The OECD Territorial Review of Milan recognises Milan’s skills endowment and advantageous location. But if Milan is to be a creative service hub, action is required to bolster its innovation and attractiveness and support reform via more inclusive governance.
Speakers background papers and presentations for the OECD/Scottish Executive conference on "investment Priorities for Rural Development", which took place in Edinburgh, Scotland, UK, 19-20 October 2006.
English, Excel, 200kb
In OECD countries, rural areas account for three-quarters of the land and are home to a quarter of the population. Rapid changes in the international economy clearly have a different effect on these regions than on cities and towns, offering different challenges but also different opportunities.Improved communications and the Internet make it possible for many people to work just as effectively from a cottage in a village as in a city
As part of the comparative analysis of sustainable budget policy, a study was undertaken on long-term budget projections. This report describes a bottom-up approach to measure future challenges, and discusses the main reasons for uncertainty and how to handle them.
This working paper offers recommendations to continue to create a more favourable environment for women who want to enter the labour market.
From 5-7 July 2006 the OECD Symposium on Agencies and Public-Private Partnerships was held in Madrid, Spain. The presentations and background material from this meeting provide a rich source of background material on the topic.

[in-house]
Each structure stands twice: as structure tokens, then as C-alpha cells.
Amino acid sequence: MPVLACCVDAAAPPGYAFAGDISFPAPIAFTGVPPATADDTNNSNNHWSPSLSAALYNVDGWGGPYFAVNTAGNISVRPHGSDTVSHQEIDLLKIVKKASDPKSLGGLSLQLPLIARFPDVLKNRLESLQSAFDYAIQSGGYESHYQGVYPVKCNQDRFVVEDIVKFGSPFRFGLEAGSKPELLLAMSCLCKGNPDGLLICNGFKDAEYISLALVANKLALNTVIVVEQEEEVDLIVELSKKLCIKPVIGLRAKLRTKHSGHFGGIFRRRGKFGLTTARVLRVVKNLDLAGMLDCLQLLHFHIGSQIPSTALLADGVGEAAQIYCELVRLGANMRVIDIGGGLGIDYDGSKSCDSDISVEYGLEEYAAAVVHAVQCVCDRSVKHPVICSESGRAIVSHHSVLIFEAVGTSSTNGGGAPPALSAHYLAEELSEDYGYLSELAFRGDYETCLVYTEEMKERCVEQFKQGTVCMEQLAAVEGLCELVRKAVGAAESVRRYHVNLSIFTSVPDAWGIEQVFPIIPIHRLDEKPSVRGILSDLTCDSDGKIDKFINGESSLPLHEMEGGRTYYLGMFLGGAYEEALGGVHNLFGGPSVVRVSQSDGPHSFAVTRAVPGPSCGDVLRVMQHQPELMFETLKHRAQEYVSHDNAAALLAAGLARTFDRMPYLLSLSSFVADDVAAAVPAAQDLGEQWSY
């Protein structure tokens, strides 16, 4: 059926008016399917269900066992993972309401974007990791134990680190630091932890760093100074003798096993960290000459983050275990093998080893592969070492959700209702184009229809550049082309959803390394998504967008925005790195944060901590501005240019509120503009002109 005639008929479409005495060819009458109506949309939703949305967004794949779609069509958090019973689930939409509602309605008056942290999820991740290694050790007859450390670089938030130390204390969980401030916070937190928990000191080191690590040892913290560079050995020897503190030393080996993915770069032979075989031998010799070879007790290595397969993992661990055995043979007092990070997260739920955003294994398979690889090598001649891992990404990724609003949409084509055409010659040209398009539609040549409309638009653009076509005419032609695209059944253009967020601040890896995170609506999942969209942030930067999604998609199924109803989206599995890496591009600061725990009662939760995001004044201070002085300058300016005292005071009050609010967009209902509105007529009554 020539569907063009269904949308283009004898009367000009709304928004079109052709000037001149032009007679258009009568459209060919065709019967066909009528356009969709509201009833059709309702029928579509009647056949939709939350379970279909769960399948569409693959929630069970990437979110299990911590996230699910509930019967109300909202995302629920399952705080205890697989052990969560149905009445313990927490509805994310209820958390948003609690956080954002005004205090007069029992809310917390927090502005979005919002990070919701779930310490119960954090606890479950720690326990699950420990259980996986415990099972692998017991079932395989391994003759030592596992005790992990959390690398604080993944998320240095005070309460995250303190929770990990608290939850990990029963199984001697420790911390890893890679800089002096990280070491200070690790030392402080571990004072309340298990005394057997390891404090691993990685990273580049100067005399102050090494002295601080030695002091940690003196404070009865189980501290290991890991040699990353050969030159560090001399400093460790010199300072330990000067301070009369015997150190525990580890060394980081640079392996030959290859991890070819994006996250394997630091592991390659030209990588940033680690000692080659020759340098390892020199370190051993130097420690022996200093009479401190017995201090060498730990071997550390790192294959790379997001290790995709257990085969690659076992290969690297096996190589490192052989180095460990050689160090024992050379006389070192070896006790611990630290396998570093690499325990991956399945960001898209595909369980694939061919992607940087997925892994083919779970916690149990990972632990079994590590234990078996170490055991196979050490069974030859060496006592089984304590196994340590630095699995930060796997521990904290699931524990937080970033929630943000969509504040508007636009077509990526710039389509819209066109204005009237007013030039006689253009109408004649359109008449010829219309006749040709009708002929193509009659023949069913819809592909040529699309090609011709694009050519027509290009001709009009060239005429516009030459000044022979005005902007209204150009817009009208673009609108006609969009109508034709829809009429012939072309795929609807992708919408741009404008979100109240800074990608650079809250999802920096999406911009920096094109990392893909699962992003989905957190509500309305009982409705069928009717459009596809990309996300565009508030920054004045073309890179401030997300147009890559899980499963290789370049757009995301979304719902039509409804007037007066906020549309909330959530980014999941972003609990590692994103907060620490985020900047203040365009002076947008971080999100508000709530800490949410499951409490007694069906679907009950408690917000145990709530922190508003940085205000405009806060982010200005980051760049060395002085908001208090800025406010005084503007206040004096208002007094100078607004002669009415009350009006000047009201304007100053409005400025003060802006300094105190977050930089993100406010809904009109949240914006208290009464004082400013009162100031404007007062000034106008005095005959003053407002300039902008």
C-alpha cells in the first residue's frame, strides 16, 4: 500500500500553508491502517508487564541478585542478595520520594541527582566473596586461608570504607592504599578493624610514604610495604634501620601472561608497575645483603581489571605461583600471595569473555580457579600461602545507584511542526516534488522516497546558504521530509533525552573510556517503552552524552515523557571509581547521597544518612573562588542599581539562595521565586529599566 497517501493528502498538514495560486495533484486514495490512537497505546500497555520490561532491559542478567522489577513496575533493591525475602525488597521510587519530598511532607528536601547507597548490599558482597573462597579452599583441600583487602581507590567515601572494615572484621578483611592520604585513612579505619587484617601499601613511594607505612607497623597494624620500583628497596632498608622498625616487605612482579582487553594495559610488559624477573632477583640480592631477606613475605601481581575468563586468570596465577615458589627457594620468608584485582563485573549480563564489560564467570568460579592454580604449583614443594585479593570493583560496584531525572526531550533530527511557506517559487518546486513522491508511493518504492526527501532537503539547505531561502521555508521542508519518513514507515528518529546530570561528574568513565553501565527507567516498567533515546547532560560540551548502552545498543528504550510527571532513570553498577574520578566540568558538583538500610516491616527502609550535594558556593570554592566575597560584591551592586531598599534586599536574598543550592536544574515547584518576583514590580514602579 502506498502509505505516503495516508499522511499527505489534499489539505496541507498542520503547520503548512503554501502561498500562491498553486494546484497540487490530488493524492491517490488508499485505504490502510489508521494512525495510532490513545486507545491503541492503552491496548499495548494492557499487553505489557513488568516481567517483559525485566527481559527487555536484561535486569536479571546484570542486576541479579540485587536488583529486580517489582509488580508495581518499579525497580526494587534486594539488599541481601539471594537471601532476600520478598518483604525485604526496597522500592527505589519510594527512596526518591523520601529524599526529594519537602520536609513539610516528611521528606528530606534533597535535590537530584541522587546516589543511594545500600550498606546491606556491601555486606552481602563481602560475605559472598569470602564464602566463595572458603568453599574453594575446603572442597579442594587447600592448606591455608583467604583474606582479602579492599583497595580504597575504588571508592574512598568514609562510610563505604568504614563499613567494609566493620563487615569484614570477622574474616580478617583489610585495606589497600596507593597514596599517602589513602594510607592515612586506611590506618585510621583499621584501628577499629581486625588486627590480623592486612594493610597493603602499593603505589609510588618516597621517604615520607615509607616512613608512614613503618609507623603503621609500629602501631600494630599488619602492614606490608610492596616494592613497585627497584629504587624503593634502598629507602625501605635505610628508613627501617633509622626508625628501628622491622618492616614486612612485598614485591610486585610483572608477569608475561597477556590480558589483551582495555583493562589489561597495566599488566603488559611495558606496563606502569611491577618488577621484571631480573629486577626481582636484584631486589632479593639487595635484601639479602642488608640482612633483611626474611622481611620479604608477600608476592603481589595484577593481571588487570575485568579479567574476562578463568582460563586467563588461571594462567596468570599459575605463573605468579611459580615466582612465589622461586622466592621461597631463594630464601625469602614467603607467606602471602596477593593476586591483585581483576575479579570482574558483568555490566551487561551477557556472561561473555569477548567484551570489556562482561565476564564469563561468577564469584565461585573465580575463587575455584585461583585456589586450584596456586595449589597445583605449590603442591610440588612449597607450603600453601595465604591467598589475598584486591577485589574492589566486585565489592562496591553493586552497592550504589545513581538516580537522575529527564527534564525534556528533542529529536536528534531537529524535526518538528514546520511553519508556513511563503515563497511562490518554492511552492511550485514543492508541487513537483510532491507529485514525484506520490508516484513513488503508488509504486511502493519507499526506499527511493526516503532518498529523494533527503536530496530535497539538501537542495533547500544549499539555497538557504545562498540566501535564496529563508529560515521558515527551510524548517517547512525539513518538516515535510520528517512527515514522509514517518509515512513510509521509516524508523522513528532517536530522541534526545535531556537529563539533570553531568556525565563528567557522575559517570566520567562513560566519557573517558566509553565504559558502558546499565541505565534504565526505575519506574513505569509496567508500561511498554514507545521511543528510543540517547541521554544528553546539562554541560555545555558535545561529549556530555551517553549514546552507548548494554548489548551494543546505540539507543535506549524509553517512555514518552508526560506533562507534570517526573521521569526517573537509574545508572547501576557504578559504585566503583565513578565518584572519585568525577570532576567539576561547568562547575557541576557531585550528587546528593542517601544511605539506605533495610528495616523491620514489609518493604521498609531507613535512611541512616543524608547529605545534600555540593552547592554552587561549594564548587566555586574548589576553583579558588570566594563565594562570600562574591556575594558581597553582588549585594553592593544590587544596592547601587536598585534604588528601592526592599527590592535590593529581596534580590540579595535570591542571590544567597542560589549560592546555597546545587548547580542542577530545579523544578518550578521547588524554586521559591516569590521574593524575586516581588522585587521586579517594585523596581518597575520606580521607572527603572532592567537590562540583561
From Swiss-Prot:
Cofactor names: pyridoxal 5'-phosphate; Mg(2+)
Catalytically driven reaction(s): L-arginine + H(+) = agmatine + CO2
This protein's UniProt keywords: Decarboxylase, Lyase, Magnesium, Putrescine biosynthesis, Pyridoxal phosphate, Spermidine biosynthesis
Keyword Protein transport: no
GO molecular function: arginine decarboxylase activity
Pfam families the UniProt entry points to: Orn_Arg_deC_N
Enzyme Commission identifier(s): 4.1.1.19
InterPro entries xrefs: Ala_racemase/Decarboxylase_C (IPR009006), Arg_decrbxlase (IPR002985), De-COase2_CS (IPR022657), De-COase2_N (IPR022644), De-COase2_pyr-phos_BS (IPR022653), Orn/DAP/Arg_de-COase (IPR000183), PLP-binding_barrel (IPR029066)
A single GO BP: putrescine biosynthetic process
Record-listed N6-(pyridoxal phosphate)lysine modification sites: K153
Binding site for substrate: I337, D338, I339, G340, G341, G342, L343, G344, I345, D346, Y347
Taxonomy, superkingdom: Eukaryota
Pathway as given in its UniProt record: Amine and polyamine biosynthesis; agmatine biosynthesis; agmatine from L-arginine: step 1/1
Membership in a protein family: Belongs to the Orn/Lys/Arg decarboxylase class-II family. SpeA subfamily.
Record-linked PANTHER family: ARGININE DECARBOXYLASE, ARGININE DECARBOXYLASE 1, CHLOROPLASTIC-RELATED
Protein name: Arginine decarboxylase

The 27th Annual Meeting of Senior Budget Officials took place in Sydney, Australia, on 5-6 June 2006.
Cities are important generators of wealth, employment and productivity growth and often quoted as the engines of their national economies.
Rural regions in OECD countries are important economically and demographically. Increasing globalisation, improved communications and reduced transportation costs are drivers of economic change in rural areas. However, promoting rural development poses numerous policy and governance challenges.
OECD work on regional development covers a number of inter-related fields: regional competitiveness, multi-level governance, urban and metropolitan policy and rural development.